Aug 11, 2009

High-DOE awards Temperature Viscous Sealing Glasses for Solid Oxide Fuel Cells

Solid Oxide Fuel Cells (SOFCs) are multi-layered structures formed primarily of high-purity metal oxides, including an ionic conducting electrolyte, which generate electricity from the electrochemical oxidation of a fuel source. Planar SOFC configurations are relatively simple to manufacture and have greater power densities and efficiencies than other configurations [1,2], but require hermetic seals to prevent mixing of the fuel and oxidant streams within the cell stack and to seal the stack to the system manifold.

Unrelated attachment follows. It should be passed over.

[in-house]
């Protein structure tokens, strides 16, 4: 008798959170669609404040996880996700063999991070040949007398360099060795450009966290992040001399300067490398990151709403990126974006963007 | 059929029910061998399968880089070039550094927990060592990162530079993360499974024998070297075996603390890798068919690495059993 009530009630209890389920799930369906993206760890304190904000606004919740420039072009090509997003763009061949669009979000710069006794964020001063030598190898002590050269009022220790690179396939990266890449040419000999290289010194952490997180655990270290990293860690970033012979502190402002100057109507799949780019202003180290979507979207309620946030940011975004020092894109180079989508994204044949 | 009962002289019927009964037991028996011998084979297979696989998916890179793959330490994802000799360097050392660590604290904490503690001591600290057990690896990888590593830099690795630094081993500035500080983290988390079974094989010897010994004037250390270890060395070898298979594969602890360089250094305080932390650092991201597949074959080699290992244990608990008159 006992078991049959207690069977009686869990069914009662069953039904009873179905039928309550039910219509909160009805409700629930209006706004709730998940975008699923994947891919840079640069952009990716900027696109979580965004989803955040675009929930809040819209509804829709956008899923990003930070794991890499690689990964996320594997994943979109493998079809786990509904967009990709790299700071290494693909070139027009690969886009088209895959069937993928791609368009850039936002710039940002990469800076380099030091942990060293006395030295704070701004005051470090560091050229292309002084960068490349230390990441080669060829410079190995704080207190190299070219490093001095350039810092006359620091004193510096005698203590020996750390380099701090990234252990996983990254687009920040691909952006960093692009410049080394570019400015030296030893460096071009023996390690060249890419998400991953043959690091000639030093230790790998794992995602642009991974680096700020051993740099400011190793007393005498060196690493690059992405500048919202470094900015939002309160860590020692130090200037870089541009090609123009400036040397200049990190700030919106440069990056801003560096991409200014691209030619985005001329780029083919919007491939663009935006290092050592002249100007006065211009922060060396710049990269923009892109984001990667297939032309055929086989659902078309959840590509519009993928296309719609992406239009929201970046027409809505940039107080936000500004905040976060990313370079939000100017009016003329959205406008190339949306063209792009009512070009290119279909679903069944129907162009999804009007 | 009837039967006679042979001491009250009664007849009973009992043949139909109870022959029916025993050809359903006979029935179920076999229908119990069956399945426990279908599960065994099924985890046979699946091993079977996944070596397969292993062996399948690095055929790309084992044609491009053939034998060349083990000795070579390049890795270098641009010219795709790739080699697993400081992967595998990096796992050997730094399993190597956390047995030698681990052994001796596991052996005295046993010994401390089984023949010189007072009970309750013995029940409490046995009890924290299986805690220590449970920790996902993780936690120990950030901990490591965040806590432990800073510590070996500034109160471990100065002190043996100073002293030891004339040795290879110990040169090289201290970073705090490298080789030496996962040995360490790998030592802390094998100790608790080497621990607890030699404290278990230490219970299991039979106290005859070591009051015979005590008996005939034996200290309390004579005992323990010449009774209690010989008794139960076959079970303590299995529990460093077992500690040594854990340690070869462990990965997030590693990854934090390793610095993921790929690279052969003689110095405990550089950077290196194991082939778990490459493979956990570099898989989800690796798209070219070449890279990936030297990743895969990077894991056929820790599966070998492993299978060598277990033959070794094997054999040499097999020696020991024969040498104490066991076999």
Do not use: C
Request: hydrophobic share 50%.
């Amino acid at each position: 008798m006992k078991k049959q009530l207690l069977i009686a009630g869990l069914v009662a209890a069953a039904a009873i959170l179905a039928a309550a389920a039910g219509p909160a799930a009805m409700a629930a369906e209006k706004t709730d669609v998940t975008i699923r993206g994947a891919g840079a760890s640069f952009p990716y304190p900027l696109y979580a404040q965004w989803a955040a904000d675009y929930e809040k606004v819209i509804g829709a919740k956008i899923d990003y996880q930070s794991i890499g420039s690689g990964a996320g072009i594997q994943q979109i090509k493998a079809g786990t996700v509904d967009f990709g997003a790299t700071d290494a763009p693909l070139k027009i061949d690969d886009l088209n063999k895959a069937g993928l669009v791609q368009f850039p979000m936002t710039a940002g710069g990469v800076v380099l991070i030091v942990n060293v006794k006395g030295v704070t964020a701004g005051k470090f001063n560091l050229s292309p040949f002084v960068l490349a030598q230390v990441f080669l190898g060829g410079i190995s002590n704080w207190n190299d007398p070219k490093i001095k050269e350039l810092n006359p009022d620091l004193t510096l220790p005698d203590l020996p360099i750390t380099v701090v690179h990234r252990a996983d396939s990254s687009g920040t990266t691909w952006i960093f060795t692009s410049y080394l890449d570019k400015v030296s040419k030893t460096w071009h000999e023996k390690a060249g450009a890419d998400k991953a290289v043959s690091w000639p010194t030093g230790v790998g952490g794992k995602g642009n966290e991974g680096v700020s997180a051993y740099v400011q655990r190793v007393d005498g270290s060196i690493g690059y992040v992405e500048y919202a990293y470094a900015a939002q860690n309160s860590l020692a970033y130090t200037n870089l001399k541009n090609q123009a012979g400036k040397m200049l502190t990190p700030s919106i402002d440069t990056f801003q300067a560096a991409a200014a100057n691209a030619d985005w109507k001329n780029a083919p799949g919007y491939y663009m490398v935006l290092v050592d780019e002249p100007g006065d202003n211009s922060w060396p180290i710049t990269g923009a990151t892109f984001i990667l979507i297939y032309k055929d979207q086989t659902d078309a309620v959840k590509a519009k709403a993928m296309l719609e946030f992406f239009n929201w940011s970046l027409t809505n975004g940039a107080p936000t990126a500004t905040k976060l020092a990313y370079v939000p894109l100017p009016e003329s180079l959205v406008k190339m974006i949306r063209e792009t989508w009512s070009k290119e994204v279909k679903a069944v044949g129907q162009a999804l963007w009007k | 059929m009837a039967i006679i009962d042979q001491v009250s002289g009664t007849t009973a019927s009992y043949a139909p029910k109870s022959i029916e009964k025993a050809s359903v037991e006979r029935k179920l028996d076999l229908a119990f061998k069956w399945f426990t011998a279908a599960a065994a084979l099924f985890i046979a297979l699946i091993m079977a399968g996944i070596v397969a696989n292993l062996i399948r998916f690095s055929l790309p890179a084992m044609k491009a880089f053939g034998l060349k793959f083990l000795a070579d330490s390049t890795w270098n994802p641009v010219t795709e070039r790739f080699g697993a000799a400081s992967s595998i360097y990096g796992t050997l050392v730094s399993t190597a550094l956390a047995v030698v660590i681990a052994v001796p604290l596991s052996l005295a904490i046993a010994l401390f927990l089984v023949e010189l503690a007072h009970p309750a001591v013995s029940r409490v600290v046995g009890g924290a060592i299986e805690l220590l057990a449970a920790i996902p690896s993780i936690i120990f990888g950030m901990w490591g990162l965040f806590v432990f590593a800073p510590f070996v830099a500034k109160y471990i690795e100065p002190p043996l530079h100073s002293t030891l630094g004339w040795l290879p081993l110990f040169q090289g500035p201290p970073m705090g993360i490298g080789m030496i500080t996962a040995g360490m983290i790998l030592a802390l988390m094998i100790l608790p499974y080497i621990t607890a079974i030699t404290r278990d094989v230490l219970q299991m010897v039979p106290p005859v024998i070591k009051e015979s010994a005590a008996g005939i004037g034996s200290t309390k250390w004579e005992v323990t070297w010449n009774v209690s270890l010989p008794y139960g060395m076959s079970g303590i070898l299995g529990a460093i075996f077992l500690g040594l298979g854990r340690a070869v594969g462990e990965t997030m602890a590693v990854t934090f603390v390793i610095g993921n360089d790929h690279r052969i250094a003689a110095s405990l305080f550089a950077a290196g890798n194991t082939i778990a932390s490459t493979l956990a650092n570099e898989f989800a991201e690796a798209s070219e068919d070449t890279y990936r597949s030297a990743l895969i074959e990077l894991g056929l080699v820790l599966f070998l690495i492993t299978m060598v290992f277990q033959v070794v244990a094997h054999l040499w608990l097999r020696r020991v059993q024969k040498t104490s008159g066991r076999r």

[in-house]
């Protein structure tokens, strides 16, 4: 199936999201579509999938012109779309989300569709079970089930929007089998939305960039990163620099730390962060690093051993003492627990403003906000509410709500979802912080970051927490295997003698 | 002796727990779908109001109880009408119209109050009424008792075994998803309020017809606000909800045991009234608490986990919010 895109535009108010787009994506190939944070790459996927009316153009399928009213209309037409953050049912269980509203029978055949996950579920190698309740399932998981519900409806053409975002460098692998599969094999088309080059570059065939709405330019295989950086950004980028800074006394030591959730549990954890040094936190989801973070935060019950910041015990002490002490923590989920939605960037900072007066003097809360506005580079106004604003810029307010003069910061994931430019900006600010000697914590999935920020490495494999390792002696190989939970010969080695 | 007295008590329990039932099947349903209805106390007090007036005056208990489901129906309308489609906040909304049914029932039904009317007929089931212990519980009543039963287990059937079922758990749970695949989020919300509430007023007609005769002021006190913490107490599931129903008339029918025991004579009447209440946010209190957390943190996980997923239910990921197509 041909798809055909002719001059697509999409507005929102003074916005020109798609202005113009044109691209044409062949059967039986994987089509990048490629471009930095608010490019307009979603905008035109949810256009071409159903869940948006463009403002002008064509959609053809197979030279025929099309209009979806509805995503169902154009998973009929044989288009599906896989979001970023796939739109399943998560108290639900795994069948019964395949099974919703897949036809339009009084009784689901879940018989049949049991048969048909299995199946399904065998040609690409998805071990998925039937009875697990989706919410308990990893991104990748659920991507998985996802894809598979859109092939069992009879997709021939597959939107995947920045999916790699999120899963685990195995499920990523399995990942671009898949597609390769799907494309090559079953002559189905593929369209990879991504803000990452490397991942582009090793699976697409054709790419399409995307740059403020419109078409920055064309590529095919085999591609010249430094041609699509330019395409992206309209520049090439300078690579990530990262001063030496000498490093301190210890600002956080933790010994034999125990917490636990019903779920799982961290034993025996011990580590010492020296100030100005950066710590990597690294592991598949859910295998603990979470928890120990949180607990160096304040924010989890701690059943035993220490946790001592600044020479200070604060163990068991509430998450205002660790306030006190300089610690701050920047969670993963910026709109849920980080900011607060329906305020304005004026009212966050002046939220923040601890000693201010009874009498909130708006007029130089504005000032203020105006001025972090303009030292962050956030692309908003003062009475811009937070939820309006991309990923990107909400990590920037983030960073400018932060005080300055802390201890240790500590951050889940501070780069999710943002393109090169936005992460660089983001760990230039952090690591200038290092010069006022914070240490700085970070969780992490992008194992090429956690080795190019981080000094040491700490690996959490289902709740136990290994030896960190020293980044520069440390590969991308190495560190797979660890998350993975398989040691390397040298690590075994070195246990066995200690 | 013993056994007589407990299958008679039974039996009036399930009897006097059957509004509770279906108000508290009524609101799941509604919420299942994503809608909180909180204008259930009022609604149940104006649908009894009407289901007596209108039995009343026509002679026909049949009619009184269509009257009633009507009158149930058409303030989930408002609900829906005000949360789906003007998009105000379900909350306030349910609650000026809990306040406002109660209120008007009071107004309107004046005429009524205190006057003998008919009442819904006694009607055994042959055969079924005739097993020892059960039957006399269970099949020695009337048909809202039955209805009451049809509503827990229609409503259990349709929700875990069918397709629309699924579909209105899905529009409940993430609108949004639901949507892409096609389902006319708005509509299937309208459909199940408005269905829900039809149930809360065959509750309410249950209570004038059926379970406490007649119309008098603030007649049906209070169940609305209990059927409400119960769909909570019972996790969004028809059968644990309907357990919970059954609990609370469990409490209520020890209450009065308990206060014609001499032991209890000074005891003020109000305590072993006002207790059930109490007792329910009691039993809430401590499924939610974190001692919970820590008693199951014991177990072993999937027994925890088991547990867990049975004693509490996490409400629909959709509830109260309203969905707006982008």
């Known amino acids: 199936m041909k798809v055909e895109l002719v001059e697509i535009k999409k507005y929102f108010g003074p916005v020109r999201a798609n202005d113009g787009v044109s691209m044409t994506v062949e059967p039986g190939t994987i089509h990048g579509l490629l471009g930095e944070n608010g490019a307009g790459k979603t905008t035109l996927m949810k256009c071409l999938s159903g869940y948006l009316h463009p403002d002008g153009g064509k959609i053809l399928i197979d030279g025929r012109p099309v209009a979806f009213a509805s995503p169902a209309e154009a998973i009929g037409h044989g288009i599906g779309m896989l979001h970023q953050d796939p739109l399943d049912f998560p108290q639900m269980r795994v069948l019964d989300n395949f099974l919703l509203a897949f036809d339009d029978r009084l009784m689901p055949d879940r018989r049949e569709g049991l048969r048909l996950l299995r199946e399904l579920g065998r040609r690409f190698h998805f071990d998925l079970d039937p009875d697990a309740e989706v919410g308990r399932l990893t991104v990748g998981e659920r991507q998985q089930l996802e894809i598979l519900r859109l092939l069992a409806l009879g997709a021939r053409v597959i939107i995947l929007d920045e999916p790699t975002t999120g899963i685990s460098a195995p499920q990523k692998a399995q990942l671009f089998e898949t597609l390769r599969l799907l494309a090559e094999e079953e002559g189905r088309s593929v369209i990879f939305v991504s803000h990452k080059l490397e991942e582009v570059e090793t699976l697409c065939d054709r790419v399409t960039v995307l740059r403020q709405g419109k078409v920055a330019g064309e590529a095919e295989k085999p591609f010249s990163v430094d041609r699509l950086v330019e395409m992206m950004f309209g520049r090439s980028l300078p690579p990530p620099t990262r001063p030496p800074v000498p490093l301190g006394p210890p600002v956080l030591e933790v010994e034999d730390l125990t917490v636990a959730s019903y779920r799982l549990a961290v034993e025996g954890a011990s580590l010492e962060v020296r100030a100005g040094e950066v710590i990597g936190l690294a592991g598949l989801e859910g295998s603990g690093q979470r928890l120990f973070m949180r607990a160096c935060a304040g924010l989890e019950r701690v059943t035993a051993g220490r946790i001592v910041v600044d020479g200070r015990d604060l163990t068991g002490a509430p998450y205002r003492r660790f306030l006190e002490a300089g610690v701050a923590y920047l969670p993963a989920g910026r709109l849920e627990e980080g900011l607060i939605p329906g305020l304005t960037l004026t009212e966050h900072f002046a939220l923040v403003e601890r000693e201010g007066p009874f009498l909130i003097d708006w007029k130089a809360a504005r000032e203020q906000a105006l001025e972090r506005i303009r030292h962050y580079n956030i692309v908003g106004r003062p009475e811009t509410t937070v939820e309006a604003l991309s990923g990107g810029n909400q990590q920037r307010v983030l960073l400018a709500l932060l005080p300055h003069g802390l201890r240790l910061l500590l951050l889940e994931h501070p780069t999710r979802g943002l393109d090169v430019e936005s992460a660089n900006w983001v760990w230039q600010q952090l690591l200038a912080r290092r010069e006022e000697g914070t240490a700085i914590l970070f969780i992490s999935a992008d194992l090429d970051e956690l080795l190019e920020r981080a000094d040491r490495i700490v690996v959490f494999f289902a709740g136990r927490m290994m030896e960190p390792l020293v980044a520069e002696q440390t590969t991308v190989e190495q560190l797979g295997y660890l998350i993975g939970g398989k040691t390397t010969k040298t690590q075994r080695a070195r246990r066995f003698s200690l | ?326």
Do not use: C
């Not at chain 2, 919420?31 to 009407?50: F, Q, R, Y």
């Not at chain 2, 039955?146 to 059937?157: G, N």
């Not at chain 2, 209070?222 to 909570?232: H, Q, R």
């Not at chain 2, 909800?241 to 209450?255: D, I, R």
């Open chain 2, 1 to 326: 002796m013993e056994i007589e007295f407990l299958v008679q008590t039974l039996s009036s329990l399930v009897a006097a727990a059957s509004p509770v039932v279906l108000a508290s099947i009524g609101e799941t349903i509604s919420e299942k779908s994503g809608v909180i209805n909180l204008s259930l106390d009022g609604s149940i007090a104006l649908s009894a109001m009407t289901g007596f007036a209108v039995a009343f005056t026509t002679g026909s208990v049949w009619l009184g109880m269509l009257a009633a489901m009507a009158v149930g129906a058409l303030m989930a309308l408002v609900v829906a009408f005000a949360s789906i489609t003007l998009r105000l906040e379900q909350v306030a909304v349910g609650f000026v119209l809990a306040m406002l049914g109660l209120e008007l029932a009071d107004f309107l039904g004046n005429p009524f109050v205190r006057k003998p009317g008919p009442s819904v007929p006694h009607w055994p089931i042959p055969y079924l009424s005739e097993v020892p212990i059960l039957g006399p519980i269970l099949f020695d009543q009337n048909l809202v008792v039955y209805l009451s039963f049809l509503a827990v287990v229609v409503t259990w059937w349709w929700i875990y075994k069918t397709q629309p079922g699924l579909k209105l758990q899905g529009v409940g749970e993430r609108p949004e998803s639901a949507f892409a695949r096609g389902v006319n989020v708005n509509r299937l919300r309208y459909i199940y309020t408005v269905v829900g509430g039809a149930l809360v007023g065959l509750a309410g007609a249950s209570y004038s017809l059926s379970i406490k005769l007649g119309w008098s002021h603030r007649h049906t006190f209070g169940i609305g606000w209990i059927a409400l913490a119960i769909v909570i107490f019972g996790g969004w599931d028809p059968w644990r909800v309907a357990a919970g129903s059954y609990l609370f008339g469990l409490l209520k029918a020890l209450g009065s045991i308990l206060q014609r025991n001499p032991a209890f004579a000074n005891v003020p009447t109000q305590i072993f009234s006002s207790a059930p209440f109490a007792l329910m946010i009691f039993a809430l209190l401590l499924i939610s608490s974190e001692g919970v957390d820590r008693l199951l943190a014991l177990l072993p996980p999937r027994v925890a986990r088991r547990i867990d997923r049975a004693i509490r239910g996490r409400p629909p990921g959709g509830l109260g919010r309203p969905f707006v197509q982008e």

The seals must have a low electrical conductivity and must be chemically and mechanically stable in a high temperature reactive environment (moist reducing and/or oxidizing conditions). The seals should exhibit no deleterious interfacial reactions with other cell components, should be created at a low enough temperature to avoid damaging cell components (under 900ºC for some materials), and should not migrate or flow from the designated sealing region during sealing or cell operation because of any applied load.